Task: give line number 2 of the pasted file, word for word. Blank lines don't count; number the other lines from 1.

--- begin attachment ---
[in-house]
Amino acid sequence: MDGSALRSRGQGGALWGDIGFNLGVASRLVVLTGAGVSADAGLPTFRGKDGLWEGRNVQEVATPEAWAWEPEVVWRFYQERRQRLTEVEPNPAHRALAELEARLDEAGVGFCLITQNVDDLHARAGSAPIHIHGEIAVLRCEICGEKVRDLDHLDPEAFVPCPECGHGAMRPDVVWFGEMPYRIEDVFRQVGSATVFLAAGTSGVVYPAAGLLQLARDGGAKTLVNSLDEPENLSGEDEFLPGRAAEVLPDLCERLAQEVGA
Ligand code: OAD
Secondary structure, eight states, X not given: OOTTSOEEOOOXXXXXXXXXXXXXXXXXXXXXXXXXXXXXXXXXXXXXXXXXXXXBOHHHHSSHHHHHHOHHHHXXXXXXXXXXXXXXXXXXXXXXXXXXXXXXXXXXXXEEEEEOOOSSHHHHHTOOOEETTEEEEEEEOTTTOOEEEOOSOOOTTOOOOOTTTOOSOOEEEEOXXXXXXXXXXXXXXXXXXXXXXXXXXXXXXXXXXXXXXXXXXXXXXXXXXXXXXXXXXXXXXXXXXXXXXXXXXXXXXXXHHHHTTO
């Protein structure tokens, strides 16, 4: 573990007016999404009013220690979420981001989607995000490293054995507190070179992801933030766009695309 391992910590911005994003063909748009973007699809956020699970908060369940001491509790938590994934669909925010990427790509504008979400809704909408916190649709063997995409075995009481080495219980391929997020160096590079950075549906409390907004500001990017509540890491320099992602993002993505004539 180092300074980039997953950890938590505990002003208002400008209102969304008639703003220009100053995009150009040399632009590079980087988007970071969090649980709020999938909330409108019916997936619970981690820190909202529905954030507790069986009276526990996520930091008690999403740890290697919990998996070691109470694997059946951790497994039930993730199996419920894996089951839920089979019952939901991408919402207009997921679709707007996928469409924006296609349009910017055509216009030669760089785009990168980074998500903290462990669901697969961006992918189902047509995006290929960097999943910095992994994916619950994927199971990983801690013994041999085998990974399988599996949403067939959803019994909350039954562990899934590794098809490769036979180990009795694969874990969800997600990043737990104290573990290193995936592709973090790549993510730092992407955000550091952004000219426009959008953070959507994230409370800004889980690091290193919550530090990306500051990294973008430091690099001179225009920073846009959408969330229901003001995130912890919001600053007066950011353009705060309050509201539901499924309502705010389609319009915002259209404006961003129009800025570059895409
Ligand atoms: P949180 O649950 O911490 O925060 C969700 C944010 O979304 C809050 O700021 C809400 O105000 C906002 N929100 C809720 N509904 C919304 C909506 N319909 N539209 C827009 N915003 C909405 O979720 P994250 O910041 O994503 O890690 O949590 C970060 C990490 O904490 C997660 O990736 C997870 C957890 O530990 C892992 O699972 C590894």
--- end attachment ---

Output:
Amino acid sequence: MDGSALRSRGQGGALWGDIGFNLGVASRLVVLTGAGVSADAGLPTFRGKDGLWEGRNVQEVATPEAWAWEPEVVWRFYQERRQRLTEVEPNPAHRALAELEARLDEAGVGFCLITQNVDDLHARAGSAPIHIHGEIAVLRCEICGEKVRDLDHLDPEAFVPCPECGHGAMRPDVVWFGEMPYRIEDVFRQVGSATVFLAAGTSGVVYPAAGLLQLARDGGAKTLVNSLDEPENLSGEDEFLPGRAAEVLPDLCERLAQEVGA